In a webinar recorded in July 2020 Roy Searle and Ruth Padilla DeBorst spoke together about leadership and responded to questions and contributions from many of the webinar participants. We have selected four video clips from this conversation. Ruth Padilla DeBorst lives in Costa Rica where she shares community life with the members of Casa Adobe. From here she is engaged in ministry locally, regionally and globally. Roy Searle is one of the founders of the Northumbria Community, and a teacher and mentor for pioneers and other missional leaders.
In this first clip Ruth uses the metaphor of hands to describe a range of possible leadership postures. Hands may be outstretched to engage with others. They may be clenched in defensiveness. They may be full but empty hands can reflect a sense of insufficiency, a need to receive from God and others. For Roy these images speak of leading out of who we are in vulnerability, listening and receptive, taking as a model John the Beloved who ‘leant on Jesus’ breast and heard the heartbeat of God’. Roy contrasts this posture with his own in his early years, leading a large church using an arsenal of techniques and resources. He describes the Northumbria Community rule of Availability and Vulnerability. We do not have a monopoly on the truth, we seek God. Ruth cautions that we must check our assumptions about ourselves. We are not the model, merely a channel.
Ruth opens this part of the conversation by querying our emphasis on professional religious leaders rather than embodied leadership within community. For Roy there are issues in training for leadership. We don’t need experts or professionals; we need people who can model the good and beautiful life we see in Jesus. The pandemic has been empowering for some who have found they can connect with one another and grow in the knowledge and love of God without the ministrations of an expert. Ruth uses the language of the Body of Christ to describe the church. It’s not about individuals running things but about being a community of Jesus where gifts are shared. Posture needs to be worked out in community, with, as Roy explains, a focus on formation in the love of God. Some of the church responses to the pandemic have spoken of self-preservation. Actually we now have more time to live simply in the neighbourhood. We have been turfed out of our churches and have the chance to discover God at work beyond them, perhaps as Ruth reminds us, among unlikely people.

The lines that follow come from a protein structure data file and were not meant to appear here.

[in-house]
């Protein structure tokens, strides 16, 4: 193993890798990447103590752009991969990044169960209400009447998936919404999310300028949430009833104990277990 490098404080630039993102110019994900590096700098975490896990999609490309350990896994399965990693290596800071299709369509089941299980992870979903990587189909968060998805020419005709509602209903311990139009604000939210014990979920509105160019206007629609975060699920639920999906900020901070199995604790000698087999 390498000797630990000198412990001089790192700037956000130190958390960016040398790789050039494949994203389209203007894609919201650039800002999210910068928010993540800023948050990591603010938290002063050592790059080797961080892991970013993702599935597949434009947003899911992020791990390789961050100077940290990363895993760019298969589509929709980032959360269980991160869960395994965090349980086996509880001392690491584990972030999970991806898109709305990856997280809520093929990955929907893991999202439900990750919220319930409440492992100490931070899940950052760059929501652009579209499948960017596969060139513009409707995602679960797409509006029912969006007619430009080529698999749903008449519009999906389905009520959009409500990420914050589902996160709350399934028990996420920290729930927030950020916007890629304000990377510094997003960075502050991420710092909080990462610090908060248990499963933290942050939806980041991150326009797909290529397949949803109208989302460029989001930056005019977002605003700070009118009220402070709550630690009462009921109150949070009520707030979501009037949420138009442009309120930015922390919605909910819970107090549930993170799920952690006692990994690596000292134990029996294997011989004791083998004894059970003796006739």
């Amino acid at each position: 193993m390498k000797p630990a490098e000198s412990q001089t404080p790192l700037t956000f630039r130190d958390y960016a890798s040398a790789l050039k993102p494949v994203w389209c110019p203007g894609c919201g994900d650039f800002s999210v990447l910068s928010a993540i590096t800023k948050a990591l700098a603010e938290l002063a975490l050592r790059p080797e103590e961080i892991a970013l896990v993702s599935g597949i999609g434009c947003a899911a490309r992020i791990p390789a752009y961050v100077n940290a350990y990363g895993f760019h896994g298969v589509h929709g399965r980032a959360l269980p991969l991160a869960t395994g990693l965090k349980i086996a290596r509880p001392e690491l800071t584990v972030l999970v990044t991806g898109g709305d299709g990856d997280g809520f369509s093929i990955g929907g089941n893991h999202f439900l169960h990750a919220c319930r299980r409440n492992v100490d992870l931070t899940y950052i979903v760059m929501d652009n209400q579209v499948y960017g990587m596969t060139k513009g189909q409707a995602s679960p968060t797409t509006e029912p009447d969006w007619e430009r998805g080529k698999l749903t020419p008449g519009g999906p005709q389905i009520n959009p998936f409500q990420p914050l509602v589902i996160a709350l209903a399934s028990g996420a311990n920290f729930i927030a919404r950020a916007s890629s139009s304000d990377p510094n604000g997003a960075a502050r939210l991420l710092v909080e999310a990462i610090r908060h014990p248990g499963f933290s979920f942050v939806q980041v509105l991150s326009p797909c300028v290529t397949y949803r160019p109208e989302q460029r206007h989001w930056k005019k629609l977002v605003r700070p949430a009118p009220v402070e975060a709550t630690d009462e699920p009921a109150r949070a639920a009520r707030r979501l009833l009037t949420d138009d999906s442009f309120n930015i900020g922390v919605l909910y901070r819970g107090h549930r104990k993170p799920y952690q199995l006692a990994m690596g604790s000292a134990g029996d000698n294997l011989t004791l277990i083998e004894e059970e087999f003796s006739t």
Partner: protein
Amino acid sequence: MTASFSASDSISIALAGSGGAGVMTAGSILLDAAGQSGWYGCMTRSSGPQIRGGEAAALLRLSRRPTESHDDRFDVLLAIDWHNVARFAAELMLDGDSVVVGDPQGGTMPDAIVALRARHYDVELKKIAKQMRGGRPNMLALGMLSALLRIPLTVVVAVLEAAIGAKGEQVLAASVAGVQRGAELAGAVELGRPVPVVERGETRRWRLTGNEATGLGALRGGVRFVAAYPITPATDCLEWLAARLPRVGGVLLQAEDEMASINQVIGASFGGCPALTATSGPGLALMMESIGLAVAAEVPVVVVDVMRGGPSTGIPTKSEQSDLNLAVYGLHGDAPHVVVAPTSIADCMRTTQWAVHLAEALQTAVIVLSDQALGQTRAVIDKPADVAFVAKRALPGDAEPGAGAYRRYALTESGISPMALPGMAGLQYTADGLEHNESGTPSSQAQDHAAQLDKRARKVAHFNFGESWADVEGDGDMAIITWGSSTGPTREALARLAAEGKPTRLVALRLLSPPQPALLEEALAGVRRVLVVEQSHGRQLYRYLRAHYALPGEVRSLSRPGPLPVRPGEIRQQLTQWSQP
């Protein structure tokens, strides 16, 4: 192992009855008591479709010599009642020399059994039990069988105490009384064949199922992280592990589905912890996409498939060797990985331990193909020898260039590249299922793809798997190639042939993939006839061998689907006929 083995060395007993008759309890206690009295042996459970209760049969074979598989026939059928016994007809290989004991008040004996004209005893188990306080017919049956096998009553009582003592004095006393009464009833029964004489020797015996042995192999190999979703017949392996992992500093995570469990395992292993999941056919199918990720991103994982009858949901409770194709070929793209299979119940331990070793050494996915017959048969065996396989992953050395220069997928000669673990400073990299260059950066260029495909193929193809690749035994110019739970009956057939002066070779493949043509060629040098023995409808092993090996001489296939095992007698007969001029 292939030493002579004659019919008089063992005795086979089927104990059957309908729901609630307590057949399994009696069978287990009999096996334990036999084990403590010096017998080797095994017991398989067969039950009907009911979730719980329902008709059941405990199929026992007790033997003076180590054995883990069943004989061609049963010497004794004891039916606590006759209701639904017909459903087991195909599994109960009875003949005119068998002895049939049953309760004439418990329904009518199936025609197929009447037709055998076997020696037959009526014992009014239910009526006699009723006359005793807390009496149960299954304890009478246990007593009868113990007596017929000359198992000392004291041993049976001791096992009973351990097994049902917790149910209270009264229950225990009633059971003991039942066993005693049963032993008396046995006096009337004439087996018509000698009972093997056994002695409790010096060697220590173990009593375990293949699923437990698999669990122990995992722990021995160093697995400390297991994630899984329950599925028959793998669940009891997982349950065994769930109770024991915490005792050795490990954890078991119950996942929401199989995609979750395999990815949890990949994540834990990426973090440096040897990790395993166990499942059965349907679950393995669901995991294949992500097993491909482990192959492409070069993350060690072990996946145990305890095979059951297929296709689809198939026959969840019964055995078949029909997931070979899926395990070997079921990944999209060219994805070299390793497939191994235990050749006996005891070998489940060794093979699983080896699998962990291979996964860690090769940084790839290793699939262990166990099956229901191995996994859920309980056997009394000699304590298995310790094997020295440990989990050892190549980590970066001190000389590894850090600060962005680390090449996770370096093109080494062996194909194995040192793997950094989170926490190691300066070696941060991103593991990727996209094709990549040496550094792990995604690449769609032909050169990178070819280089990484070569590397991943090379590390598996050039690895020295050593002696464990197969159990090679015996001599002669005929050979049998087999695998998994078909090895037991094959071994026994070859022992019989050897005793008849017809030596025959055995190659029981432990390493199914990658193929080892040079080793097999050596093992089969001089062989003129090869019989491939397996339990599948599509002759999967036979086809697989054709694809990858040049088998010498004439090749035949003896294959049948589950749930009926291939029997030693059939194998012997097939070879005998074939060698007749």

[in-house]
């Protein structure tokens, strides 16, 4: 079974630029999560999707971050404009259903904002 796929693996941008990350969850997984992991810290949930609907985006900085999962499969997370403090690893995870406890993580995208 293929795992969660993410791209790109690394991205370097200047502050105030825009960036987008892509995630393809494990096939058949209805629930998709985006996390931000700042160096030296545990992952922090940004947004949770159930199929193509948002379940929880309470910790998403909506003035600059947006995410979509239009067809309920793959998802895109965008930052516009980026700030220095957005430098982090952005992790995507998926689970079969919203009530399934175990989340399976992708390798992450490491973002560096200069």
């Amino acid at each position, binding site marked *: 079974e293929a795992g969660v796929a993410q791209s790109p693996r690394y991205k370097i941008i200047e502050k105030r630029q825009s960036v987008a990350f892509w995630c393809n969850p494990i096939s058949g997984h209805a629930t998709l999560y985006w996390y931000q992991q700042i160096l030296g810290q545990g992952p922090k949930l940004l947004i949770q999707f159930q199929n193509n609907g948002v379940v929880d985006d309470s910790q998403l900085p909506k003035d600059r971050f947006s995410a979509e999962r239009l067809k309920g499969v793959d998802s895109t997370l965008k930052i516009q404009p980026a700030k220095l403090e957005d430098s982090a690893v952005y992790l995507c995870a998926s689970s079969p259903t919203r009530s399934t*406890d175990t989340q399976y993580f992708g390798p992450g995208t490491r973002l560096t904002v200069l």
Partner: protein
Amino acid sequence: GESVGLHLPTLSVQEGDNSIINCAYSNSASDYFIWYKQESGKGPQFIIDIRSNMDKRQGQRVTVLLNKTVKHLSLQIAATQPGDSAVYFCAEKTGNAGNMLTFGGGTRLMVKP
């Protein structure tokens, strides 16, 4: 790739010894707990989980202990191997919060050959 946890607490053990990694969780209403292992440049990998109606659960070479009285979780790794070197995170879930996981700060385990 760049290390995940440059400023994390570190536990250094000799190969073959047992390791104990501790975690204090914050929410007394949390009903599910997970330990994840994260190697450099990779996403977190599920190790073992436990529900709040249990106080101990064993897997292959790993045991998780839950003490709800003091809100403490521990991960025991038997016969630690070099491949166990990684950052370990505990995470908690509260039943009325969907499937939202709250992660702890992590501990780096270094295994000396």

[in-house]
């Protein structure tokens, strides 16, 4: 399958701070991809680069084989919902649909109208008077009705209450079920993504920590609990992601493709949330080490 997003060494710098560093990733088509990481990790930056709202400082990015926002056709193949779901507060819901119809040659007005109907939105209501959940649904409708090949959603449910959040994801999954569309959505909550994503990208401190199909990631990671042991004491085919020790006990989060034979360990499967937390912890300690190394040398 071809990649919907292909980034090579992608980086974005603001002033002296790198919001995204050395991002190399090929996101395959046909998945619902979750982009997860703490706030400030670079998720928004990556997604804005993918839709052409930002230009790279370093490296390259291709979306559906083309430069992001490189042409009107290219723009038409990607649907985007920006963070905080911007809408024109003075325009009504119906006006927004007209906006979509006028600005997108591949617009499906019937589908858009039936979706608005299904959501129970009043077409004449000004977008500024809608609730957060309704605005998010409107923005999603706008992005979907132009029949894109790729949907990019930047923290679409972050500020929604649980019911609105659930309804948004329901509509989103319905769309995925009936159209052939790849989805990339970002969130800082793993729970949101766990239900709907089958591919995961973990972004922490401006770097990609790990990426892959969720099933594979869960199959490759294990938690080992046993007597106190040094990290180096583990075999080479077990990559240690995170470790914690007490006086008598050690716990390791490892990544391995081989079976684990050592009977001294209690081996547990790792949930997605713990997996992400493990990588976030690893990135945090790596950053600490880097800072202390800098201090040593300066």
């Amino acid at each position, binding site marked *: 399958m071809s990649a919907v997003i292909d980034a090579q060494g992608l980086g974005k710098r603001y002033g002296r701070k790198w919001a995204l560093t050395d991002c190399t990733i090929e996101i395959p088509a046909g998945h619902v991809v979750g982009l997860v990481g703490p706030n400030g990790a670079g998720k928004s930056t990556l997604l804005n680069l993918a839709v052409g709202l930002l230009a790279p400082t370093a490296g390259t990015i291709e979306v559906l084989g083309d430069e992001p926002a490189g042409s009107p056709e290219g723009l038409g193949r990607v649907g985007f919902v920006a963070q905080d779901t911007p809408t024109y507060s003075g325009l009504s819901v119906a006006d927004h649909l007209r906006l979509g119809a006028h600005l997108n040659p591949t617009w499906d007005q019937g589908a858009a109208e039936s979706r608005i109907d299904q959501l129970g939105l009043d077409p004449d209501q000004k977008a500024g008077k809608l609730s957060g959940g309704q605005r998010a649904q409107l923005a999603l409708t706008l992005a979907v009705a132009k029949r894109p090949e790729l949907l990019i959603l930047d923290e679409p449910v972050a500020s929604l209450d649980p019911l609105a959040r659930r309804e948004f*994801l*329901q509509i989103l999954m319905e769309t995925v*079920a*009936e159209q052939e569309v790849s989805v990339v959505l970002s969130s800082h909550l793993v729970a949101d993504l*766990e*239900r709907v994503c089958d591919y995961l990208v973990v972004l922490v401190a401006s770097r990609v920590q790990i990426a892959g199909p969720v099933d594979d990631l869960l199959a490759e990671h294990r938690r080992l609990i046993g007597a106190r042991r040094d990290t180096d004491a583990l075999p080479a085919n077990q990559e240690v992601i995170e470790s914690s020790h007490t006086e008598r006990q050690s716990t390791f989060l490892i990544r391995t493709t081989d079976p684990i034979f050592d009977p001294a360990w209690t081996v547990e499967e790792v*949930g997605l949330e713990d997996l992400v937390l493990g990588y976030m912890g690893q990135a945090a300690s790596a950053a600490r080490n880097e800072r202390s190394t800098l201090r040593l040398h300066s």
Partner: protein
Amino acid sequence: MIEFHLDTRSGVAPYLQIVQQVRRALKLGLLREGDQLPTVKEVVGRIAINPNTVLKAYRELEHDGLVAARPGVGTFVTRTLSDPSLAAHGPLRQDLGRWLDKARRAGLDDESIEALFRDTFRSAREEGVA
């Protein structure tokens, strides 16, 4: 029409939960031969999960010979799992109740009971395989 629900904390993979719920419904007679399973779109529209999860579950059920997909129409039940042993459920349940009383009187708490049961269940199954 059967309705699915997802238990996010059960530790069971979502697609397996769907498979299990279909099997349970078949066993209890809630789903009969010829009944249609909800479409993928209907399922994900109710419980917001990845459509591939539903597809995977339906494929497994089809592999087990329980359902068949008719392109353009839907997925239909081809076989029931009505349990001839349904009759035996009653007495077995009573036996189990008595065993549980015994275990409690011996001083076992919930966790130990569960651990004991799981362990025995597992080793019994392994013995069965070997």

Roy considers that the pandemic crisis offers an opportunity to embrace a different way of being church. He takes inspiration from the Mont Fleur scenarios, four stories which came out of the reconstruction of South Africa. For him, leaders who desire a return to normal are represented by the ostrich or lame duck stories. The Icarus story represents those with high expectations from the disaster. But the flying flamingos story is the more hopeful story. These birds do find it difficult to get off the ground, but then as they fly, they are beautiful. There is a need to find the humility to deconstruct in order to find a more apostolic and prophetic way to be the church in a changing world. Ruth calls for a posture of compassion for professionalized clergy who are still acting out of a script formed from narratives of leadership which they have learned. She wants to avoid any polarization. These leaders are hurting, and Jesus, she feels, wants to liberate them. She wonders how we accompany these people to discover the real script and be free from false narratives of leadership.
Ruth describes the risk of ‘sameness’ when we gather in smaller groups. The challenge for the church is including the other. For the sake of the kingdom we need to include those who are not like us. Roy points out that in fact we live, often, in diverse neighbourhoods, and this diversity will be reflected in an incarnational, missional church. If we are truly a ‘church without walls’ then there will be room for seekers, unbelievers and broken people like ourselves, struggling to make sense of life.